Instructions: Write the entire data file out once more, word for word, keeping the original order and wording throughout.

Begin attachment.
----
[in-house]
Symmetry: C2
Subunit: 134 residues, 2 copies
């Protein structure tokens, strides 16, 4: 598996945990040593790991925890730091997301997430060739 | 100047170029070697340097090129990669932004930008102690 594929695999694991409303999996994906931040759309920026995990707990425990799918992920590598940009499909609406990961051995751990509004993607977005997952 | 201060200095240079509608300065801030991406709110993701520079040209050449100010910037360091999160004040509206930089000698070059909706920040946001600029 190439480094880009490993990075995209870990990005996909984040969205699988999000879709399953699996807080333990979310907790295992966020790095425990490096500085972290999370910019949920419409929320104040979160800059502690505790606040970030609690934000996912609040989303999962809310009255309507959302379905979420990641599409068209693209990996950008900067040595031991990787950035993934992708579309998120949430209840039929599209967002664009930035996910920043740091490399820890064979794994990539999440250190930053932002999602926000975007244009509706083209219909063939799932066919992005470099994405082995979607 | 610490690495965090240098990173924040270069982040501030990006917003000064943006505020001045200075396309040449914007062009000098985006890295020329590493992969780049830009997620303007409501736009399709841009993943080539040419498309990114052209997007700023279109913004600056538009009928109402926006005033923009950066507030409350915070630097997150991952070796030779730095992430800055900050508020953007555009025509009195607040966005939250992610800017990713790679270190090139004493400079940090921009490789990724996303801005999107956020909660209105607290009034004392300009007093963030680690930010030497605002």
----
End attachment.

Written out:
[in-house]
Symmetry: C2
Subunit: 134 residues, 2 copies
């Protein structure tokens, strides 16, 4: 598996945990040593790991925890730091997301997430060739 | 100047170029070697340097090129990669932004930008102690 594929695999694991409303999996994906931040759309920026995990707990425990799918992920590598940009499909609406990961051995751990509004993607977005997952 | 201060200095240079509608300065801030991406709110993701520079040209050449100010910037360091999160004040509206930089000698070059909706920040946001600029 190439480094880009490993990075995209870990990005996909984040969205699988999000879709399953699996807080333990979310907790295992966020790095425990490096500085972290999370910019949920419409929320104040979160800059502690505790606040970030609690934000996912609040989303999962809310009255309507959302379905979420990641599409068209693209990996950008900067040595031991990787950035993934992708579309998120949430209840039929599209967002664009930035996910920043740091490399820890064979794994990539999440250190930053932002999602926000975007244009509706083209219909063939799932066919992005470099994405082995979607 | 610490690495965090240098990173924040270069982040501030990006917003000064943006505020001045200075396309040449914007062009000098985006890295020329590493992969780049830009997620303007409501736009399709841009993943080539040419498309990114052209997007700023279109913004600056538009009928109402926006005033923009950066507030409350915070630097997150991952070796030779730095992430800055900050508020953007555009025509009195607040966005939250992610800017990713790679270190090139004493400079940090921009490789990724996303801005999107956020909660209105607290009034004392300009007093963030680690930010030497605002």